Pressroom: The Power of Words

Learn how Martin Luther King Jr.'s words impacted a nation

January 20, 2010


Media Relations
Work(951) 827-3806

Ben Kamin never met the Rev. Martin Luther King Jr. but he credits Dr. King with his decision to become a rabbi.

"The inspiration of his voice made me realize a clergy person can actually make the whole world his pulpit and turn social justice into a ministry."

Kamin, a nationally known clergyman, interfaith counselor and author of seven books and hundreds of articles, will be teaching a six-week course "A Critical Survey of the Speeches and Words of Rev. Martin Luther King Jr. and Their Psychological and National Effect" through the Osher Lifelong Learning Institute sponsored by UCR Extension.

Classes will run from 2:30 to 4:30 p.m. Wednesdays at the Annenberg Center for Health Sciences, 39-000 Bob Hope Drive, in Rancho Mirage beginning Jan. 27 and continuing through March 3. Osher classes are specifically designed for adults, 50 years and older.

The class will tell the story of the Civil Rights Movement, from 1955 through 1968, through selected words and speeches of Dr. King. Kamin will focus on the psychological and spiritual factors affecting and driving Dr. King's words throughout his lifetime.

"The course will portray that one inspired individual can actually change the course of a whole nation and value system by virtue of his words," Kamin said.

Students may be surprised to hear about Dr. King's personal struggles with spirits and depression that affected his outlook and what he had to say.

"This man lived 39 years and he produced more memorable words than presidents, kings and prophets, who lived well into their ‘80s and ‘90s," Kamin said.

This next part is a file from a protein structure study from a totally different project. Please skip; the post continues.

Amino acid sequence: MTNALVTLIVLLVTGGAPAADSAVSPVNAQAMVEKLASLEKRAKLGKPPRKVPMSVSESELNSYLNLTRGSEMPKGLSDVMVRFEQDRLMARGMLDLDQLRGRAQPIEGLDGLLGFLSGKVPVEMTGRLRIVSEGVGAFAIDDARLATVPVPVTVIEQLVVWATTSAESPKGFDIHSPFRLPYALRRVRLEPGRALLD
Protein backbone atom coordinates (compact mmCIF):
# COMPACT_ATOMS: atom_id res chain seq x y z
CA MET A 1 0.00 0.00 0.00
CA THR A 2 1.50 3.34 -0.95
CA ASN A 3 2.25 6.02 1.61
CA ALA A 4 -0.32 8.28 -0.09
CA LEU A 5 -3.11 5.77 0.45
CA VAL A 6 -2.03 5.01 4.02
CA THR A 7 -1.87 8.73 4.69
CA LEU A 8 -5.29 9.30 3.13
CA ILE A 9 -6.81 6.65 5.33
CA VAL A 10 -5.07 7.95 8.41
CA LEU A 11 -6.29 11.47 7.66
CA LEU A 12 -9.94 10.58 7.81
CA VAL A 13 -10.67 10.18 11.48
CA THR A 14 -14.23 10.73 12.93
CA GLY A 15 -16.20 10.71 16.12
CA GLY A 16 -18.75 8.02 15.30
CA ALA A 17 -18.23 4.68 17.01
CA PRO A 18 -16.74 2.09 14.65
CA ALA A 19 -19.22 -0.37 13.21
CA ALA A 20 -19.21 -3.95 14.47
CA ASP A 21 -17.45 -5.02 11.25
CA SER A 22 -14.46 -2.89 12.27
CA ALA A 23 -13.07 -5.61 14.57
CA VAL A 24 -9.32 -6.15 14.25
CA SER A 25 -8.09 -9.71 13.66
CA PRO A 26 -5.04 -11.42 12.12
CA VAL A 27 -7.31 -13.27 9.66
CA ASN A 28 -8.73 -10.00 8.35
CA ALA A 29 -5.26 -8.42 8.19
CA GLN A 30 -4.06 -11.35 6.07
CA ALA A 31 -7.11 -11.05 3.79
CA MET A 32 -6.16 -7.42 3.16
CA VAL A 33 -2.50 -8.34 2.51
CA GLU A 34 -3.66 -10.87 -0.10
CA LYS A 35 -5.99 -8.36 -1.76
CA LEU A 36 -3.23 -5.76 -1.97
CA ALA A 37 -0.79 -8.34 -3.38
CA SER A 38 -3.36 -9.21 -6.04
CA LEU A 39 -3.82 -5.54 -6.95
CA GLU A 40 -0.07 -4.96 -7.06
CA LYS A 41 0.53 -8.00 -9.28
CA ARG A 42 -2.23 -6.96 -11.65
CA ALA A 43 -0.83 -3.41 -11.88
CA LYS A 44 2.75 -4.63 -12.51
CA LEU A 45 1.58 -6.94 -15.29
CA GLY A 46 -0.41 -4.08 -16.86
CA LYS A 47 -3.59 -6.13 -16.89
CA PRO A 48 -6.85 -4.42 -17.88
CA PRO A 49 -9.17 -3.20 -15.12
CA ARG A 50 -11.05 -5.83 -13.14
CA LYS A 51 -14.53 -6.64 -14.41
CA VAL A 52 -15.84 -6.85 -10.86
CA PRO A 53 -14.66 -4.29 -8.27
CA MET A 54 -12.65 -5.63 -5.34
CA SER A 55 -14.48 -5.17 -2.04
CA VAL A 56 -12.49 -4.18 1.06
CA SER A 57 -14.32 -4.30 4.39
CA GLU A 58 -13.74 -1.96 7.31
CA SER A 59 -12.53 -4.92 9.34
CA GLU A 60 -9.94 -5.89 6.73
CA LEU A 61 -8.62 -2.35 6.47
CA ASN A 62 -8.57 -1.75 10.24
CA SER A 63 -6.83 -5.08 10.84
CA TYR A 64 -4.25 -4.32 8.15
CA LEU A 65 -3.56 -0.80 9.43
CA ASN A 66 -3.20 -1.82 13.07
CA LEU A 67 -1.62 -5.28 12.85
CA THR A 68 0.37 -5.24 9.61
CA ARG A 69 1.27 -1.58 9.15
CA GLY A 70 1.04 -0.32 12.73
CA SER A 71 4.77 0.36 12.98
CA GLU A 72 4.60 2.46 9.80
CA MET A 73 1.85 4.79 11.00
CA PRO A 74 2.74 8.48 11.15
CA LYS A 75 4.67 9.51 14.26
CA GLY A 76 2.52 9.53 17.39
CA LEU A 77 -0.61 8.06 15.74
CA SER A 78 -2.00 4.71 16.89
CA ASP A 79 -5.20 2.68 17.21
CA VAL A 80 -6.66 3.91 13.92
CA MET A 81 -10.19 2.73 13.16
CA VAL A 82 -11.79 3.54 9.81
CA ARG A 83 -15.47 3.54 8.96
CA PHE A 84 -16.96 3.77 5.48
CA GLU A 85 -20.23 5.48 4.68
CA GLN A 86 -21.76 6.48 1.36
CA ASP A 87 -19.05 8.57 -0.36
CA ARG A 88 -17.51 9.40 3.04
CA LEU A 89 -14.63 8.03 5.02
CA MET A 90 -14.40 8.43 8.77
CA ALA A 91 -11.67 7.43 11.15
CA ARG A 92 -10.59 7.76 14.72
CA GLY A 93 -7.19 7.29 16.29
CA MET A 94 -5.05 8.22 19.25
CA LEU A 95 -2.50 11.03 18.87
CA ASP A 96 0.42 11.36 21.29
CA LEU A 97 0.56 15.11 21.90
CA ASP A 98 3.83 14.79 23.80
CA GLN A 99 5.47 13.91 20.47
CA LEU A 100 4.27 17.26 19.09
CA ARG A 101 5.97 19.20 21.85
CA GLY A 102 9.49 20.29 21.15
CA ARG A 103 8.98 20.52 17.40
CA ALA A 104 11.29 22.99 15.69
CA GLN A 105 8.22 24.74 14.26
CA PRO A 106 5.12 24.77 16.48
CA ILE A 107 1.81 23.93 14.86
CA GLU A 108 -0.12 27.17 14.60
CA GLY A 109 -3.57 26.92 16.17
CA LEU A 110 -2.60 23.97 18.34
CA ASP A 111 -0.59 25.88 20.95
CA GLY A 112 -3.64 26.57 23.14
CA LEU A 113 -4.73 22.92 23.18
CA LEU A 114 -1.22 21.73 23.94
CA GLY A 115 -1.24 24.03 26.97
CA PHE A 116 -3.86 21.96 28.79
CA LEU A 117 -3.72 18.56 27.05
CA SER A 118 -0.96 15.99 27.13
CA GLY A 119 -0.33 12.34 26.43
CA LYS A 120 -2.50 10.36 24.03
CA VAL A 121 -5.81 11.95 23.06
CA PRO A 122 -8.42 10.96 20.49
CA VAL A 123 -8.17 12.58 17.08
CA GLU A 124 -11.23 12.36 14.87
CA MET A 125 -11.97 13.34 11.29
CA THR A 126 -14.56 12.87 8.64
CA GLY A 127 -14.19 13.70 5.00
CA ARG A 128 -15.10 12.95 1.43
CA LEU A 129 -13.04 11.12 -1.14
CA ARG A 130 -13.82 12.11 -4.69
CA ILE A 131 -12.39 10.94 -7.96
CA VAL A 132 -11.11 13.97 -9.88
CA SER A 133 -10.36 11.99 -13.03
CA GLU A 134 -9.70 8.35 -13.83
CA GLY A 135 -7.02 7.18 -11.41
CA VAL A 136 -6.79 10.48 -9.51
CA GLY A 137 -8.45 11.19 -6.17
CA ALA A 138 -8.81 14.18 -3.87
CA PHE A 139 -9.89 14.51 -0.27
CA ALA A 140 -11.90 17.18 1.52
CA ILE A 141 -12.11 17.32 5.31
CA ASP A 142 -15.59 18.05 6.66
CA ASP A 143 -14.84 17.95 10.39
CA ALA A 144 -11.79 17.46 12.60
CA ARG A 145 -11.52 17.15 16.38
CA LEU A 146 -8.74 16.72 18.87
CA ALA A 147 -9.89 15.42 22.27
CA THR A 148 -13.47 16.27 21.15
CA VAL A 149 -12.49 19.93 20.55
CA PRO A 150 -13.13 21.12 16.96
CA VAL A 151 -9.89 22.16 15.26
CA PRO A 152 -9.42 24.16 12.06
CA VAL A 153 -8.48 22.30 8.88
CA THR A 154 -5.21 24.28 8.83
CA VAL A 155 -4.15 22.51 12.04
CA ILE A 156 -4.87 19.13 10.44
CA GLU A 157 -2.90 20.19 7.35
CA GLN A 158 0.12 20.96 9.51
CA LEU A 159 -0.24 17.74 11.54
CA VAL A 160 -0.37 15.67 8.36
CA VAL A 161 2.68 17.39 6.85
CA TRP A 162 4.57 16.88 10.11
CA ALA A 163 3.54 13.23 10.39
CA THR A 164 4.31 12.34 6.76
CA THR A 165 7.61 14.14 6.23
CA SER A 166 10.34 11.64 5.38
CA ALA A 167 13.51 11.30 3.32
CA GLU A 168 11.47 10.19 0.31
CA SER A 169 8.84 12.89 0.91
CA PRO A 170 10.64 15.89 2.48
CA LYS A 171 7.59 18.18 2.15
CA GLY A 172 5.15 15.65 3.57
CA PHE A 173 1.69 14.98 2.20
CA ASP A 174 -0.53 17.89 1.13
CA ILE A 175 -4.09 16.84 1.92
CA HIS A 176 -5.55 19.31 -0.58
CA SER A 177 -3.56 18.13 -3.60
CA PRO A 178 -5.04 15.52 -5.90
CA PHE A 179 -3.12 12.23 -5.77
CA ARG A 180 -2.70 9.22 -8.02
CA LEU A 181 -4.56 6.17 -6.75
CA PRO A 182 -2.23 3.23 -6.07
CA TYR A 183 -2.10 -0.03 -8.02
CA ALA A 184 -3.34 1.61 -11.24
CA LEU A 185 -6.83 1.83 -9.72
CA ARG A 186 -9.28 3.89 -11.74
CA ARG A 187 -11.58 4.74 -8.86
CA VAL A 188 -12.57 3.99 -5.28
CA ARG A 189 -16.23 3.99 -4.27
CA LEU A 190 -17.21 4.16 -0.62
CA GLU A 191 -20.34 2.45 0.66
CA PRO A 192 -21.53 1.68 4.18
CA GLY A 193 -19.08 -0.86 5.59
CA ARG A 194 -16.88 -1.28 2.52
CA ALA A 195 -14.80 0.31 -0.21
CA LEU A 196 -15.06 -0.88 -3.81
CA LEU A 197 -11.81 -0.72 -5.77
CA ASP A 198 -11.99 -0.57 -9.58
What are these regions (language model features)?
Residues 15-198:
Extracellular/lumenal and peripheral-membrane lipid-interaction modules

Kamin was 15 when Dr. King was assassinated.  He chronicled his experience in a book titled "Nothing Like Sunshine: A Black-Jewish Friendship in the Aftermath of the MLK Assassination." Published by Michigan State University Press, the book is scheduled to be released in April and a documentary for Enduring Freedom Productions may follow if all goes well.

The book is a memoir of his high school years in Cincinnati where his friendship with a black student in the school band was shattered and rebuilt in the years after the assassination.

After years of serving a number of large Jewish congregations, Kamin decided to base his work on interfaith values. He and his wife, Audrey, founded "Reconciliation: The Synagogue Without Walls" in 2004.  As a private consultant, he counsels interfaith couples who want to get married, parents of interfaith children dealing with holidays and people who want to study Judaism or Christianity.

Kamin, who lives in Del Mar, recently launched a monthly PBS television talk show, "Reconciliation with Rabbi Ben Kamin," on KOCE-TV serving Los Angeles and Southern California. The show features one-on-one conversations with people who have dealt with a spiritual crisis like divorce or illness and how they resolved it from a spiritual point of view.

Having taught classes for UC San Diego Extension, Kamin said, "This is first chance I've had to teach a course about Dr. King and I'm really thrilled."

The Osher membership fee of $125 per quarter entitles students to take up to six classes at one location. A minimum of one class may be taken at a second location. Spouses or partners of members can become an associate member for a fee of $70, which entitles them to attend two classes during the same session as the member.

In addition to the Annenberg Center, Osher classes are held at the UCR Extension Center, 1200 University Ave., Riverside, and the UCR Palm Desert Graduate Center, 75-080, Frank Sinatra Drive.

Member benefits include: discounts on UCR campus programs; UCR Extension class discounts and notice of special field trips.


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University of California, Riverside
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UC Riverside Extension Center
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Riverside, CA 92507-4596

UCR Extension Center

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